Malmö and Copenhagen

Sunday, September 14th
I would spend the vast majority of the day riding Swedish trains through over half of the country from Ostersund to Malmö. I had spent nearly two weeks in Sweden (much longer then originally planned) and it was time to move on.
I did have the very fortunate opportunity to stop in Stockholm for about two hours so that I could see Henrik and Olle, who were both in Australia at the same time as me. I had missed Henrik the first time I was in Stockholm and it is always good to see Olle again!
We grabbed a beer and I demolished a burger at the train station sports bar. In wonderful irony it’s walls were plastered with every Boston sport memorabilia imaginable yet was broadcasting Swedish hockey. It was great to see Henrik again. He was always the big partier getting everyone motivated for another crazy night out (although few of us needed much motivation) and I once again couldn’t believe the luck I was having with reuniting with friends. But unfortunately my stay was very limited on time and soon I was off to Malmö.
I left a friend in Ostersund to get drinks with two friends in Sweden and left them to go stay with a friend in Malmö. This was proving to be a very friendly Sunday.
When I got to Malmö, Folke, who’s aunt Karin had just hosted me for two days in Kiruna, was waiting for me at the train station. We walked to his car where I was introduced to his wonderful girlfriend, Linda, and then taken to their place just a short drive away. It was a really nice apartment in a new area of constuction that was right along the water and at the foot of the first skyscraper I had seen on my trip, a building known as the Twisting Torso.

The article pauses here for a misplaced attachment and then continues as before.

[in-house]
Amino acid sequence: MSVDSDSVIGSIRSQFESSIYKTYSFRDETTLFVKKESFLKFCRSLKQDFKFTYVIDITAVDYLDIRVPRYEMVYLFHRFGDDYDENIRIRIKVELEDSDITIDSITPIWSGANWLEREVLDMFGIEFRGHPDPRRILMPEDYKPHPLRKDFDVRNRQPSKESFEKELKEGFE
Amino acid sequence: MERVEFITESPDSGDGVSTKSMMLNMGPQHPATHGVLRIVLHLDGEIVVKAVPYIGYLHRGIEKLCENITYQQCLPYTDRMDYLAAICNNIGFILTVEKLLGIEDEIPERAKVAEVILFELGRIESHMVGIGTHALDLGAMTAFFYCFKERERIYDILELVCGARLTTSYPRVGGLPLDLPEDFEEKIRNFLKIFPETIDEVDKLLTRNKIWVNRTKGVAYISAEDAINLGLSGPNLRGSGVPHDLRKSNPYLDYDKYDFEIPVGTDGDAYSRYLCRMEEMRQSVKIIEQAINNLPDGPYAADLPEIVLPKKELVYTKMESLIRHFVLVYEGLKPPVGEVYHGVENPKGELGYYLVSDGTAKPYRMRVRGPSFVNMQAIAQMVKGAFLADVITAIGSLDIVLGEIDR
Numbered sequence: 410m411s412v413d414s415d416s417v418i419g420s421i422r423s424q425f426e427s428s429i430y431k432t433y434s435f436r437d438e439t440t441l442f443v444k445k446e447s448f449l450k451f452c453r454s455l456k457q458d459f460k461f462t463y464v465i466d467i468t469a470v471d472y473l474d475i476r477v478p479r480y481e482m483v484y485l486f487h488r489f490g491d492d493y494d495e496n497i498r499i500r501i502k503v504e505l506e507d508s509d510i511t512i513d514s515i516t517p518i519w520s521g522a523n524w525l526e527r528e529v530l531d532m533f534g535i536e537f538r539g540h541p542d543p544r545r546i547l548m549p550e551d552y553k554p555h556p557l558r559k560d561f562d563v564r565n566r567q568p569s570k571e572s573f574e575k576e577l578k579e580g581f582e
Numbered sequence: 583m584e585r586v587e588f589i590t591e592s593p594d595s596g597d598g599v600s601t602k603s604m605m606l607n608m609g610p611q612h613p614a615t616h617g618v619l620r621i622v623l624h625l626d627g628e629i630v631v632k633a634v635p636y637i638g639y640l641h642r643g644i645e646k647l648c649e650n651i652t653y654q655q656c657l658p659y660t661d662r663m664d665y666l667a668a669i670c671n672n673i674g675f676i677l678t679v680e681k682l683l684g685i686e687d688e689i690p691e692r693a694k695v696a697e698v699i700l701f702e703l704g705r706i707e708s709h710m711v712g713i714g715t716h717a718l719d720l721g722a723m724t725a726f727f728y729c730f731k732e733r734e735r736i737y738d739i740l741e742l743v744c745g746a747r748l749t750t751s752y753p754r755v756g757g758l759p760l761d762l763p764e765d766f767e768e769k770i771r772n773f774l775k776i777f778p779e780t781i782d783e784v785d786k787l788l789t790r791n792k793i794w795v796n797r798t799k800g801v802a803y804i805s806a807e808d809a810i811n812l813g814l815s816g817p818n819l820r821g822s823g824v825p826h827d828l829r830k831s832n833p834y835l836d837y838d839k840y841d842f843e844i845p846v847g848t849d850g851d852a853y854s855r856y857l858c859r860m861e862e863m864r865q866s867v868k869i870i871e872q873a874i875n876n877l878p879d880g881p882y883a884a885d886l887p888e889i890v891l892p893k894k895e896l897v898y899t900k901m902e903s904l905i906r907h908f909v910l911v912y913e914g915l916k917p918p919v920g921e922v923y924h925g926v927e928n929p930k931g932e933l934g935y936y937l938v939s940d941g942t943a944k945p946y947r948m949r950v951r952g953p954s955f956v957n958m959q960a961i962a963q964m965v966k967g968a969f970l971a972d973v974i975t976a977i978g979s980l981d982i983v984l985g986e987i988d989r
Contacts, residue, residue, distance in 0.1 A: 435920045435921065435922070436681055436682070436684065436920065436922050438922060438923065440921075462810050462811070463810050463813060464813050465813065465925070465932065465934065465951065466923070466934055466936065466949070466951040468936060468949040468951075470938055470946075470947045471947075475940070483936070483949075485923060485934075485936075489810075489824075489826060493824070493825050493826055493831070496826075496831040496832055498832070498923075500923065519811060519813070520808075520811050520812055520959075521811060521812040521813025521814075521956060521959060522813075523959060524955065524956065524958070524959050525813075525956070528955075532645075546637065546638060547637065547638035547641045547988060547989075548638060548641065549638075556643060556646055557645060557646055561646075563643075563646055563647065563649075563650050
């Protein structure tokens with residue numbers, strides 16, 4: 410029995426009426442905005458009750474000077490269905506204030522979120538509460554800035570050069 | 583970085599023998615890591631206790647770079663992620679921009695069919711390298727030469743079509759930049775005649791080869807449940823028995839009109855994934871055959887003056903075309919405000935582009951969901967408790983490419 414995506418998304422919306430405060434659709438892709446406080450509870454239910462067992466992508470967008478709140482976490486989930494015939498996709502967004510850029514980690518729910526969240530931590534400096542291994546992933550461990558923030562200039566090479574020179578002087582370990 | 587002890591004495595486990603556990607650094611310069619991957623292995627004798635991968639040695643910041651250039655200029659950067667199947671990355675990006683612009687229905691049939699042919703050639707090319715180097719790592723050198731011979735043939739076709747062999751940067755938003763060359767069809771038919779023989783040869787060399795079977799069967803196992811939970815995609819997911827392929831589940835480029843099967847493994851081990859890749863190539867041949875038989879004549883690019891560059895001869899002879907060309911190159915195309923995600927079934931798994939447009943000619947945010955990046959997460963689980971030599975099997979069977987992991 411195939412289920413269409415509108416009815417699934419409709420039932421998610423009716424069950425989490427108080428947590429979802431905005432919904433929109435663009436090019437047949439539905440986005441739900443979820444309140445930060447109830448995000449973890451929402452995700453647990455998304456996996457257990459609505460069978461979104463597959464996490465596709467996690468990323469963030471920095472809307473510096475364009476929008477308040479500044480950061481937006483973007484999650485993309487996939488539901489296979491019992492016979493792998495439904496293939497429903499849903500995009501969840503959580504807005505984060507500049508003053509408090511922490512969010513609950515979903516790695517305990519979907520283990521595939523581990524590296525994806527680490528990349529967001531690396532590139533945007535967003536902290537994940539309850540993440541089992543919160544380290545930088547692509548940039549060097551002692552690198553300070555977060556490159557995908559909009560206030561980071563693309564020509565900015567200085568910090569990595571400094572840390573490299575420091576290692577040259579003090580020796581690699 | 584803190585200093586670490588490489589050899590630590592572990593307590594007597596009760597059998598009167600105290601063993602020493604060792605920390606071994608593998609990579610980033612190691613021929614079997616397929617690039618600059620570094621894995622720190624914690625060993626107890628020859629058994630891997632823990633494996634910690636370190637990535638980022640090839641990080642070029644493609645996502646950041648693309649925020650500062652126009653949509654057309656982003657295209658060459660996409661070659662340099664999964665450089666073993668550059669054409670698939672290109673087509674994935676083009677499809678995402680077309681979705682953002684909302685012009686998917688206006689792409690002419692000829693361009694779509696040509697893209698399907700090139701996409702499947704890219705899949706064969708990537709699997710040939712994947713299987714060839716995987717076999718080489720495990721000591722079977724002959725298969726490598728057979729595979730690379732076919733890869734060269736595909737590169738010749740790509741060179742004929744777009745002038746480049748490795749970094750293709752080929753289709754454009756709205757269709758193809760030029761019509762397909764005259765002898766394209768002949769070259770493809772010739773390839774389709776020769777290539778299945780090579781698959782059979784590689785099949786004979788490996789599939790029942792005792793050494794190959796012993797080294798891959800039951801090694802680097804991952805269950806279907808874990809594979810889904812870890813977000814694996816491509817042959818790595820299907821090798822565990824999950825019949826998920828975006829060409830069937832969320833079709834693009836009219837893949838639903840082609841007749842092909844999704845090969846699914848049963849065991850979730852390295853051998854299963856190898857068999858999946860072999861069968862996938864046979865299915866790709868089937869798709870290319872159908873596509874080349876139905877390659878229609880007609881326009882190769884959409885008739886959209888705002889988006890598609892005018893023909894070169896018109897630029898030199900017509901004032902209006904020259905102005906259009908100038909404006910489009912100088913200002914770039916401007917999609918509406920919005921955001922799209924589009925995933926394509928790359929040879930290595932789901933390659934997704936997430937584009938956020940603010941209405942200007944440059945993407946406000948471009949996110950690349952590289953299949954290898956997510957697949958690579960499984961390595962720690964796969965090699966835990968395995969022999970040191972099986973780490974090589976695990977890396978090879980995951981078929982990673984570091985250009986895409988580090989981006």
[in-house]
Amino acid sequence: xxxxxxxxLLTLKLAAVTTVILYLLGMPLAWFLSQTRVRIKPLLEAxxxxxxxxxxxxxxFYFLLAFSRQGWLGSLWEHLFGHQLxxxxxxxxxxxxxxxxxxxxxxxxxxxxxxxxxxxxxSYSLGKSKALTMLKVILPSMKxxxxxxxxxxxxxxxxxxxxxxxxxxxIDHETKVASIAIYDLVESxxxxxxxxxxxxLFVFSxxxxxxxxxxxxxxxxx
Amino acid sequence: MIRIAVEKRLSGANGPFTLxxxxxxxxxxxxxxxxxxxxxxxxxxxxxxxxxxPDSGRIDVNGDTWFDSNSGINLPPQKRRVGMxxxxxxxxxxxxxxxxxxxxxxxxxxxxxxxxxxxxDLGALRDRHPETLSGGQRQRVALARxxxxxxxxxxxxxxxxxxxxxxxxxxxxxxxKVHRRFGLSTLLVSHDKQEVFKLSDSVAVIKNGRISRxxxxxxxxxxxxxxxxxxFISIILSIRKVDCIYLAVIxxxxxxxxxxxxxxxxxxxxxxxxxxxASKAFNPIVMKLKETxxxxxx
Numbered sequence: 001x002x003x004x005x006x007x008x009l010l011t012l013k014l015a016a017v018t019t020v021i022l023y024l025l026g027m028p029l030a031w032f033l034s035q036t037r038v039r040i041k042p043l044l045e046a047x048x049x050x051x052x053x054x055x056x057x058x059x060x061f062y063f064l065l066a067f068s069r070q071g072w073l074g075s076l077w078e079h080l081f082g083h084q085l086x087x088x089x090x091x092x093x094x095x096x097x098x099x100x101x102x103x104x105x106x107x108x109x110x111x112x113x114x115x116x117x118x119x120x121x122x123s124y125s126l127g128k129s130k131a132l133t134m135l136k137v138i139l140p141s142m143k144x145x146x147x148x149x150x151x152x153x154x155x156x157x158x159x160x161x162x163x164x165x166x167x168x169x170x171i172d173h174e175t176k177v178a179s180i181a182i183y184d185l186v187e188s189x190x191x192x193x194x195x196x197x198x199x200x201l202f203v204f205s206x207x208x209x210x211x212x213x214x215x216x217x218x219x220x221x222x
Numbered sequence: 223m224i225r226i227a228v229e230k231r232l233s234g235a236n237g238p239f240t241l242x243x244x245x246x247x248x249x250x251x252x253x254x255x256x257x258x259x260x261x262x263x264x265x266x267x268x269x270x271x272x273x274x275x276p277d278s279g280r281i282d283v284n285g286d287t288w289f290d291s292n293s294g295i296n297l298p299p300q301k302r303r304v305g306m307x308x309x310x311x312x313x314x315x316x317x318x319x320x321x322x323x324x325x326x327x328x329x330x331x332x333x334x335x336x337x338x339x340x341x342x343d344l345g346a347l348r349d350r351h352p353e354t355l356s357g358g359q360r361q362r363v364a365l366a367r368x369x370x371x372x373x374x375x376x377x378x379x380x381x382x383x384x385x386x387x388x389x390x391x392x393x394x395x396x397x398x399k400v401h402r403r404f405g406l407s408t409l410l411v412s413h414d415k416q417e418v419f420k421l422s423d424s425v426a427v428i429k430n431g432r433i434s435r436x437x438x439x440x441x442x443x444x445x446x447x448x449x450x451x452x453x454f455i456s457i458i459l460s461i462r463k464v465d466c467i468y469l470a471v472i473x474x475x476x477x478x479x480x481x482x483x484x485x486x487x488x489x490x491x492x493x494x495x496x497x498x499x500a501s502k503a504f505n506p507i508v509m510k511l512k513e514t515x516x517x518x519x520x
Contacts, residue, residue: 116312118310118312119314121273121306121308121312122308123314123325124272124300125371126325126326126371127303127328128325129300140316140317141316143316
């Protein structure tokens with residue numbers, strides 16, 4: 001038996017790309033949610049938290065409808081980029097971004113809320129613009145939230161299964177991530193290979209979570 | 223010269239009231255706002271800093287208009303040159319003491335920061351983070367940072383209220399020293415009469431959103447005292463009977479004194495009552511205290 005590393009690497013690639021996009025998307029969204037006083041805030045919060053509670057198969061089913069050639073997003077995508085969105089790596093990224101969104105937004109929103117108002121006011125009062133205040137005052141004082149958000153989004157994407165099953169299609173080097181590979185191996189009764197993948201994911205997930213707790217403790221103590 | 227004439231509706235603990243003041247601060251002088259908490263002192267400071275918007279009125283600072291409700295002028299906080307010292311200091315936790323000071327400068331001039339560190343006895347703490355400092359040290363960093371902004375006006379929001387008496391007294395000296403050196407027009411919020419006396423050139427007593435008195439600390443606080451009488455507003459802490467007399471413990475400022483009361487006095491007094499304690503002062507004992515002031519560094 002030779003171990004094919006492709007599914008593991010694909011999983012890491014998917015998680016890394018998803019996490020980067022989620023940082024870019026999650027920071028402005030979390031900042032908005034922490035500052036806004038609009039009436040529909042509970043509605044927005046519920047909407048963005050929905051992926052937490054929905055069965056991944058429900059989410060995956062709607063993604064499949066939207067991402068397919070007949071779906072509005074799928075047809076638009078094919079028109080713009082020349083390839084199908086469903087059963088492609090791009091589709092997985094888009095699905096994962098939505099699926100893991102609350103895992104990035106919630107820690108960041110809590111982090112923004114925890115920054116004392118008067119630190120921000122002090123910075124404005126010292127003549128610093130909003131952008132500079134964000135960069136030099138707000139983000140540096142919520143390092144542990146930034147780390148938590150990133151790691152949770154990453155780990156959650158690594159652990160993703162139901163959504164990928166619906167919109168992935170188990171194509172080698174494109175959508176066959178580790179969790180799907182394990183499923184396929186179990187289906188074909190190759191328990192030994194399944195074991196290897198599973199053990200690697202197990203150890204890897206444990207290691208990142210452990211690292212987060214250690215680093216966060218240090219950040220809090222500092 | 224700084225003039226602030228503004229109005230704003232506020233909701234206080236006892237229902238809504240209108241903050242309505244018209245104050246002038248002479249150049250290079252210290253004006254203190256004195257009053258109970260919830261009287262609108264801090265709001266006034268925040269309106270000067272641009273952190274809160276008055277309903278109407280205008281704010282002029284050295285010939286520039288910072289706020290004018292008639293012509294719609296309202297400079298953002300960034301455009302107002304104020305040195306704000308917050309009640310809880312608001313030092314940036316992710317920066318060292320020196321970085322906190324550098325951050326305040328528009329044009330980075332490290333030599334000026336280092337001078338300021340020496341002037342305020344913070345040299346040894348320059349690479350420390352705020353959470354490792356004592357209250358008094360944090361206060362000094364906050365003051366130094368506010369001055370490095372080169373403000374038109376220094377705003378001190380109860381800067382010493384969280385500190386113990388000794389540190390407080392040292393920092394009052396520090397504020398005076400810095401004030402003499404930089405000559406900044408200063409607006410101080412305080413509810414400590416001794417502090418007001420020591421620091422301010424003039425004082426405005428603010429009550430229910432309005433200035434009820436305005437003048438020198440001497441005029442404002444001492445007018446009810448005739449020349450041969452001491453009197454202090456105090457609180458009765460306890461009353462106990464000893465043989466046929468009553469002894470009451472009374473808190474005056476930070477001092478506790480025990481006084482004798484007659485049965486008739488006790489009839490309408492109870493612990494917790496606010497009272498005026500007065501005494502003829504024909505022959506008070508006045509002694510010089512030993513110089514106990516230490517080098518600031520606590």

Folke and Linda were just incredible hosts. We had a dinner of fresh tacos (which apparently Swedes absolutely love) and great conversation about traveling, the Swedish election, and our favorite television shows. We turned the tv on to the live election results and that brought us into an intense conversation about how and why the openly racist party had the third highest votes. If you haven’t, please refer to my last post, specifically regarding my experience being abroad on 9/11, for my feelings on that.
I really loved spending that night with Folke and Linda because I was able to just hang out with them. There was no awkward silence to be filled or time constraints. Just three people talking about life, particularly racism and HBO.

Monday, September 15th
The big perk of staying with Folke and Linda (outside of getting to spend time with them obviously) was that they were a short (and free!) train ride to Copenhagen. Since both of my hosts worked, I got up to an empty apartment but quickly vacated it in order to have the most time possible in Denmark.
I got to Copenhagen around 10pm and immediately grabbed a city map, circled all the places I wanted to get to, and estimated what the quickest, most efficient way to get to all of them was. This would become my go to practice everytime I got into a new city.